Tuesday, November 10, 2009

Lost in Translation

I was in a coffee shop the other day and heard two young men talking. Before I had heard a single Christian reference they made, I could already tell by the language they were speaking (the particular mannerisms and metaphors), to say nothing of the almost-hip way they dressed, that they were Evangelicals, and had somewhat of an idea of what sort of interdenominational/emergent church they probably attended. It brought back four-year-old memories from my senior year of college.

In college I was part of an Evangelical Christian fellowship that was particularly concerned with finding ways to “reach” the broader campus community with the Gospel. Because I had decided against the Bible colleges where my high school friends attended in favor of the largest liberal arts university in the state for the sole purpose of learning to love a wide range of people different from me, this was a compelling mission. Because I was a somewhat of an eclectic girl with a wide range of interests and influences, it was easy for me to get sucked into being the figurehead of various incarnations of this mission.

Since my family moved to Europe after my first year in college, they suggested I could help lead their outreach to international students. Since I was an artsy kid with an eyebrow ring and boy-short hair, they suggested I could help lead their outreach to the hippie/artsy crowd. Since I was attending an African-American political organization in efforts to understand some of my friends better (where I got sucked into being a leader as well), they suggested I could help lead their side-missions of racial reconciliation and multi-ethnicity.

On my last day of leadership as a burned-out senior, our time of worship was cut short by an announcement that the university had double-booked the room where we were meeting and we would have to leave to allow the next group to come in. The lights popped on and the startled 250 Christians looked disorientedly around as if they had been roused from sleep a half-hour before their alarm was to go off. I was certainly surprised as well, and stood back to take the scene in.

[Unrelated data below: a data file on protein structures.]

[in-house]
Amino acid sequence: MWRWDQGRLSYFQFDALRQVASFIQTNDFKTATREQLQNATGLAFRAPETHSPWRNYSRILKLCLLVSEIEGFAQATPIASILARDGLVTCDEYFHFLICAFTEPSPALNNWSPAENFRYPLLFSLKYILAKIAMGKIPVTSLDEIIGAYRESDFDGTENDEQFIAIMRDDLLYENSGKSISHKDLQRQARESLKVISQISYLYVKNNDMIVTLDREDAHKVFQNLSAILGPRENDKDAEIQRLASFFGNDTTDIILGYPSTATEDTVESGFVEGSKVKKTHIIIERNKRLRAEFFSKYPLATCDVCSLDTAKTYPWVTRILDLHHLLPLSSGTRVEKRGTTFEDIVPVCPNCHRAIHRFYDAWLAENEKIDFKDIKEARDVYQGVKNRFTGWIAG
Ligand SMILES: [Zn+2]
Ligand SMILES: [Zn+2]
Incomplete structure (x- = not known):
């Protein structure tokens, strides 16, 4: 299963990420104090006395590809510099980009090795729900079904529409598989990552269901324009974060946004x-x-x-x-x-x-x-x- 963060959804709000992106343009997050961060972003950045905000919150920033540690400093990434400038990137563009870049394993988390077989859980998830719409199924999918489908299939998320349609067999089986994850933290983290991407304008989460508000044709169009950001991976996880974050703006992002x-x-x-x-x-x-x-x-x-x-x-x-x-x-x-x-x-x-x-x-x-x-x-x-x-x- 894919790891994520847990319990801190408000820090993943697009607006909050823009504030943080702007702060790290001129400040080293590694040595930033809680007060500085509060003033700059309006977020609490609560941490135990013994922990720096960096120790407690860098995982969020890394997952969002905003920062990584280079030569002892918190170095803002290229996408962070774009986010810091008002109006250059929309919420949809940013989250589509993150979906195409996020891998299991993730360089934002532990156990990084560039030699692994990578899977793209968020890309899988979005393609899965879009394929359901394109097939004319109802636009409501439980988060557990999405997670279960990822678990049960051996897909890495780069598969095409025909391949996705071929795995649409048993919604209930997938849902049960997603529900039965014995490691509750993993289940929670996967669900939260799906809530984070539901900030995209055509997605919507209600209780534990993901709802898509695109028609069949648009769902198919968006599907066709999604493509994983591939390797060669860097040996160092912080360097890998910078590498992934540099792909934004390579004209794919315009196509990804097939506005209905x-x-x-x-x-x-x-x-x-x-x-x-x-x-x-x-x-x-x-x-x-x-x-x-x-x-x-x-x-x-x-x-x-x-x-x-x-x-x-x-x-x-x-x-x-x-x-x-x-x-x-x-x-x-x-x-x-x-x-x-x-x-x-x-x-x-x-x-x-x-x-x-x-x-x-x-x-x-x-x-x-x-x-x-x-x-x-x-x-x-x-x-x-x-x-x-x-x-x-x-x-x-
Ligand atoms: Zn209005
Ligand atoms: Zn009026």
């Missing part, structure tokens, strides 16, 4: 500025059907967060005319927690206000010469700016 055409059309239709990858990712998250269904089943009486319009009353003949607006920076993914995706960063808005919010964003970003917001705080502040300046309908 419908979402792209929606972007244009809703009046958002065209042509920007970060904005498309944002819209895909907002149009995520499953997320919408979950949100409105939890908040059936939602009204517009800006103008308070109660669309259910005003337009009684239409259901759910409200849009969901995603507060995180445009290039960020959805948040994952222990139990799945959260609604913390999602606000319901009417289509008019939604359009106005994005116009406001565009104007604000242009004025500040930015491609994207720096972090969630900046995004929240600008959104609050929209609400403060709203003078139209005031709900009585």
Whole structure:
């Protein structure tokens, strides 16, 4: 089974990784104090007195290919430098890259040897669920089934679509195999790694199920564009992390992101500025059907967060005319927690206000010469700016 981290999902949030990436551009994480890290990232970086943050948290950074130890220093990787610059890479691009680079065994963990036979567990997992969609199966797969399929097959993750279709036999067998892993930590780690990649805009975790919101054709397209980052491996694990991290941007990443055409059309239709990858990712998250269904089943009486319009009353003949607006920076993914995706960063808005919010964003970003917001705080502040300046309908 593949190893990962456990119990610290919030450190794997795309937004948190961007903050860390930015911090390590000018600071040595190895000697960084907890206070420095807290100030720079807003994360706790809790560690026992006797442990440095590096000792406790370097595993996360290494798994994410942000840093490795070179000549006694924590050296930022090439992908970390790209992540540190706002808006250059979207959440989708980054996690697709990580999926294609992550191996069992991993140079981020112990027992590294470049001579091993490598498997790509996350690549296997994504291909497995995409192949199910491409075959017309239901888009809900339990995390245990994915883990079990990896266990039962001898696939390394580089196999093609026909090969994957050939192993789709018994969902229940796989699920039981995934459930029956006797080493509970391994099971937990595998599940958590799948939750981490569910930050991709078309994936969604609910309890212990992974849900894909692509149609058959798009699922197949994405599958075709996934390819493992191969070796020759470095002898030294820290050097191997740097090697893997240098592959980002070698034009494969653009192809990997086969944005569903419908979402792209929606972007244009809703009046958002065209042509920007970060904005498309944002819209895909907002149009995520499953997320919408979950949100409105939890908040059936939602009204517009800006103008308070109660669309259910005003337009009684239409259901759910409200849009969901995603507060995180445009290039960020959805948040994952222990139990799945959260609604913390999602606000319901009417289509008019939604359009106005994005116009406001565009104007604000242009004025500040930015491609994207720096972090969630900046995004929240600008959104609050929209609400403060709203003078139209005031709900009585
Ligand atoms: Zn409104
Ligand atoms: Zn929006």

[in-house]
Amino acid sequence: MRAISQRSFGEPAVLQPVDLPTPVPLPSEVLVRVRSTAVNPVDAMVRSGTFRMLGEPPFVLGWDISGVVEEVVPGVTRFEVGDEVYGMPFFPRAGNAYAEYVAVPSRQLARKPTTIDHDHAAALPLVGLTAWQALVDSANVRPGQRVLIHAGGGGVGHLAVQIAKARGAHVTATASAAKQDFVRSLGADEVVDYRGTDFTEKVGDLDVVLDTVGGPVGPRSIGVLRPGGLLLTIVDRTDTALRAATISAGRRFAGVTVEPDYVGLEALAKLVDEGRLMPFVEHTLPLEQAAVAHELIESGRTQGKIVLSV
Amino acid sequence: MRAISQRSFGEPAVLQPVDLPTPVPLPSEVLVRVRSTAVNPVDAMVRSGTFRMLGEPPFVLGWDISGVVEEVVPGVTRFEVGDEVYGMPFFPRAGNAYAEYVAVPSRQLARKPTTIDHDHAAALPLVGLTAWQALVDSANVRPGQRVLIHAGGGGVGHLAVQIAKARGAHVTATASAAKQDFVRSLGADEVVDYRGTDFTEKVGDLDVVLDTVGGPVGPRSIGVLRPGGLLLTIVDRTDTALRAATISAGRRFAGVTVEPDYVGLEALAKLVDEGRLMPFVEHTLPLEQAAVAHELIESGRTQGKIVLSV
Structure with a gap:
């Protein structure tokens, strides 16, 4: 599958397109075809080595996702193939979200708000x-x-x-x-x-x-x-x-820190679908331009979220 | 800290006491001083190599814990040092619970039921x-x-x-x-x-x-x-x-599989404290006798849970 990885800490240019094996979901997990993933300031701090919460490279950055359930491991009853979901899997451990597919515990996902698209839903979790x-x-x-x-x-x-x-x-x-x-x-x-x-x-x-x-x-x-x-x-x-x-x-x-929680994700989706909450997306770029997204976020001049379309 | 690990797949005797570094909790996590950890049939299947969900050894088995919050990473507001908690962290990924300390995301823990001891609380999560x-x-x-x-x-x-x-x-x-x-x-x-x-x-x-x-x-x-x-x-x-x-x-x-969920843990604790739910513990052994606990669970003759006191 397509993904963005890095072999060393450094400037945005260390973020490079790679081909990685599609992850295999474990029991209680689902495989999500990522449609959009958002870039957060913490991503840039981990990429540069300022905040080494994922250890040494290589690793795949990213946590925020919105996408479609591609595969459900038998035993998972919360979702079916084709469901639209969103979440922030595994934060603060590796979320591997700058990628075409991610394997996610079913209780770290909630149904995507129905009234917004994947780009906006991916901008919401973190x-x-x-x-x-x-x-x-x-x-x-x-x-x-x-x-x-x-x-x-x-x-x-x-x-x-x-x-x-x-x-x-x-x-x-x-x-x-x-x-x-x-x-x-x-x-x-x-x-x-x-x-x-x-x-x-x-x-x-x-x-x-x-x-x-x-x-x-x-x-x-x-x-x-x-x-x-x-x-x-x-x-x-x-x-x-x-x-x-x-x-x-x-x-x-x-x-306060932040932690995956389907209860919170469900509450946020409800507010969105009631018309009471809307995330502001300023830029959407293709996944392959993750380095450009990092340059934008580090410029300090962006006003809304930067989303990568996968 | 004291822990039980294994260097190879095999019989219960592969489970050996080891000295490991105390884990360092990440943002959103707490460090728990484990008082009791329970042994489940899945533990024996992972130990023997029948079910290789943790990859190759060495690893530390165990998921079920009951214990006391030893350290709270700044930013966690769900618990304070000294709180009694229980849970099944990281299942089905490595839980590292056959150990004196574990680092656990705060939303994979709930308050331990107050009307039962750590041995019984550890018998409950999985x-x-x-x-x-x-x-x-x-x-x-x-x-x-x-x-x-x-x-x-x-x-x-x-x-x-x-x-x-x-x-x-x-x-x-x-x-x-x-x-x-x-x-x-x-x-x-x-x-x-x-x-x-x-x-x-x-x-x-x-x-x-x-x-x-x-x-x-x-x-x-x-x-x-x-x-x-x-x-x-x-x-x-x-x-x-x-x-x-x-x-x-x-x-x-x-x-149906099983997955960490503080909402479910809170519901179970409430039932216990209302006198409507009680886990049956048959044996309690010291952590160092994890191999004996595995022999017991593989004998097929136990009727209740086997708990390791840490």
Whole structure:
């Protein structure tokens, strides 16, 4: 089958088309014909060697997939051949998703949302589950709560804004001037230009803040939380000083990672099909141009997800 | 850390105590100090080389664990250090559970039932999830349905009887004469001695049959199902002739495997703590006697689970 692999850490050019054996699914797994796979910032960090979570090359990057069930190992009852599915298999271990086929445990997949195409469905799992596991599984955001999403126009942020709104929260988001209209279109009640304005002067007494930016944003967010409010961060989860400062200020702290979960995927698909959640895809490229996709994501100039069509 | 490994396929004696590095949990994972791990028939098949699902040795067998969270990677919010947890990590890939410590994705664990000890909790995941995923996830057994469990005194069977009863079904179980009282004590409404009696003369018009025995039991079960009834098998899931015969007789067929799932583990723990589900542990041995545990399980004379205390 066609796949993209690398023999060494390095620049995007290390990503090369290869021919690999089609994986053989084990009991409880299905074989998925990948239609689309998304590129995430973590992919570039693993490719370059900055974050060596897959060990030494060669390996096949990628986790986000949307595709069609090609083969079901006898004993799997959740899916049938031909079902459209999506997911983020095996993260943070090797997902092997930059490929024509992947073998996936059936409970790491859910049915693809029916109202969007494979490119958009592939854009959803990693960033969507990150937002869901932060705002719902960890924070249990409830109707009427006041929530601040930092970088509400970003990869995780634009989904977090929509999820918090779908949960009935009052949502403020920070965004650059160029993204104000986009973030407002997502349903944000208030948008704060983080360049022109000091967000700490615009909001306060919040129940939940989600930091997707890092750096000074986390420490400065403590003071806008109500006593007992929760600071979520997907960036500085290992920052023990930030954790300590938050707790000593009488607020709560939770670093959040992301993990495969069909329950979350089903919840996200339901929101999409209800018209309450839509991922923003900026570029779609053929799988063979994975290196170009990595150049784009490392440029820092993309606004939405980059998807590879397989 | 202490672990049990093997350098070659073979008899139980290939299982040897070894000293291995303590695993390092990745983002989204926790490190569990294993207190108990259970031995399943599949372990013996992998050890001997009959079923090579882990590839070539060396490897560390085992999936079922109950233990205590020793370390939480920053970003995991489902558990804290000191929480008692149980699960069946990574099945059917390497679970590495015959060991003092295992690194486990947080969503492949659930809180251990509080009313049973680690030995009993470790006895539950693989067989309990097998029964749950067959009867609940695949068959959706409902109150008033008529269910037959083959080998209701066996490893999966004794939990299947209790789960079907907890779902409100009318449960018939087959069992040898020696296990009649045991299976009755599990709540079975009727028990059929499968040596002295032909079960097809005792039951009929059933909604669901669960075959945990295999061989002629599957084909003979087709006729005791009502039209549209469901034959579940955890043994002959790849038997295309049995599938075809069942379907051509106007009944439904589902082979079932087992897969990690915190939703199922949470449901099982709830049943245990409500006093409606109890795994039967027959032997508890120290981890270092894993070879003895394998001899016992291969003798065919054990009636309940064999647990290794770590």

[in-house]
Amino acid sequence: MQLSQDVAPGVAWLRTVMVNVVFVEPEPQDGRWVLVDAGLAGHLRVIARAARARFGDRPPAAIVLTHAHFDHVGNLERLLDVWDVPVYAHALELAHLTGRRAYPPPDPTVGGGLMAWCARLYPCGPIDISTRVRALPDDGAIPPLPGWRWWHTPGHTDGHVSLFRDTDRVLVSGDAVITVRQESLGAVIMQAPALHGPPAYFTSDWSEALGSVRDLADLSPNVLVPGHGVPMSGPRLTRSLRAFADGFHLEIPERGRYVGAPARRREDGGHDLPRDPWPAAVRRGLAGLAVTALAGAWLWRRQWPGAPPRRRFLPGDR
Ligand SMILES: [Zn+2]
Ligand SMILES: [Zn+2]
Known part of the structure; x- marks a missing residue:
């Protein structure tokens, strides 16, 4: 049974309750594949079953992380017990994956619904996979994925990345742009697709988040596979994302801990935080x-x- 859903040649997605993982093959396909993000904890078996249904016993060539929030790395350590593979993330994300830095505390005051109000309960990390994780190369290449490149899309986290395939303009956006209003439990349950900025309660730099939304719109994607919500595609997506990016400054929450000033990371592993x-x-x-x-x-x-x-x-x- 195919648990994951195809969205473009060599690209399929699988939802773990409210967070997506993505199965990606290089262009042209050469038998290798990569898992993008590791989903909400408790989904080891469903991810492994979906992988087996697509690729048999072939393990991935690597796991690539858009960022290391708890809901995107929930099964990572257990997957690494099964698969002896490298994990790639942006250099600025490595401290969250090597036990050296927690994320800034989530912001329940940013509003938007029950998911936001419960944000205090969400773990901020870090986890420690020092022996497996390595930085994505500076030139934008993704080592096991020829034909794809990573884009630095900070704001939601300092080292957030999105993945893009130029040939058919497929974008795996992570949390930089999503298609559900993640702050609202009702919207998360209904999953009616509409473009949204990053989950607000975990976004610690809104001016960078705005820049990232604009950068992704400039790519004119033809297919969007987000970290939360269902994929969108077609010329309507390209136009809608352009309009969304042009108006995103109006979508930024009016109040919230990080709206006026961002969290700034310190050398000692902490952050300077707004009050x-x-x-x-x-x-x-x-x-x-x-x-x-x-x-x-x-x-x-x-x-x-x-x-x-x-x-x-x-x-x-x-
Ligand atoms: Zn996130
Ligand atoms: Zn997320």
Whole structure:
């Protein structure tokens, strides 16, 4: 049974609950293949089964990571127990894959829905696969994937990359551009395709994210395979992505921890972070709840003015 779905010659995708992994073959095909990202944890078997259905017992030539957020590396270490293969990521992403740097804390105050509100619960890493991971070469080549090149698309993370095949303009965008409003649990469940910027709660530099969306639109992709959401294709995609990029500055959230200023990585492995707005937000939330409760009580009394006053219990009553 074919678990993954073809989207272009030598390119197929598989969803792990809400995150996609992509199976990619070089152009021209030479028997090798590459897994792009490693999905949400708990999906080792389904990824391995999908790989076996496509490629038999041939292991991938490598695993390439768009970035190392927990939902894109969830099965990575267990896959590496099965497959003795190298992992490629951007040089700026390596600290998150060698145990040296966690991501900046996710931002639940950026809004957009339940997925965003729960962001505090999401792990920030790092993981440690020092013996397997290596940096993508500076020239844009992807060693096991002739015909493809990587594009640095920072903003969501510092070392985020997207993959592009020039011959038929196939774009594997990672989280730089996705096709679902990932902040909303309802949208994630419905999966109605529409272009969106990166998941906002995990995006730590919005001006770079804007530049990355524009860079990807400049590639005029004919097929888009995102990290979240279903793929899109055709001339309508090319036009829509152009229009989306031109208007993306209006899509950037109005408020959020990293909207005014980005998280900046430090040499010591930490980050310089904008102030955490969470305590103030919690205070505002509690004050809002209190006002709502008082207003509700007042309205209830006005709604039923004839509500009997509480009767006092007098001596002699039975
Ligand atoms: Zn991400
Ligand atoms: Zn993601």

The young nicely-dressed Evangelicals began to evacuate the room as if it were on fire, and were replaced by a large assortment of people of various ages and races and classes who were gathering to watch some pro-environment anti-war film. The room smelled different as the hippies arrived.

“Maybe God had orchestrated things this way,” I heard one of my friends say as she evacuated. “Maybe one of those people had needed to hear the words of songs we were singing when they arrived. Maybe the mix-up allowed us to reach people without realizing it.”

Because of my aforementioned connection with the international/artsy/multiethnic crowd that my Christian fellowship had wanted to “reach,” I lingered in the lobby to talk to the collage of people who were arriving as my friends left the building. The organizers of the event apologized to me for the mix-up, and suggested that our groups had much in common. Our group was concerned with loving God and theirs with loving the poor, they suggested; did I think some of my friends would linger to watch the film with them? I did not, so I made my answer ambiguous.

As the heavy-metal sounds of their film began to play in my right ear, my left ear picked up the acoustic sounds of some familiar worship songs outside the building, where my friends had gathered to finish the evening of worship on the steps. On our last time of worship for the year, I could imagine the leaders asserting, we would not need to the technology of the speakers and overhead equipment; we could worship outdoors with two guitars and the whole campus walking by to watch. We could be a witness in our faithfulness to worship.

As I stood in the lobby hearing the sound of one culture in one ear and the other culture in the other, I felt like I was standing between worlds that spoke different languages and did not realize their inability to communicate.

“Did you see what’s going on outside?” one woman in dreadlocks asked her friend in cammoes.

“No, what is is?”

“There’s a group out there on the steps playing... folk songs or whatever. It’s like... ‘movement music’ or something. I’ve never seen anything like it!”

1 comment:

Cliff said...

Very, very interesting...

Your rationale for your school of choice is similar to my own.

I like how the hippies tried to reach out to the evangelicals.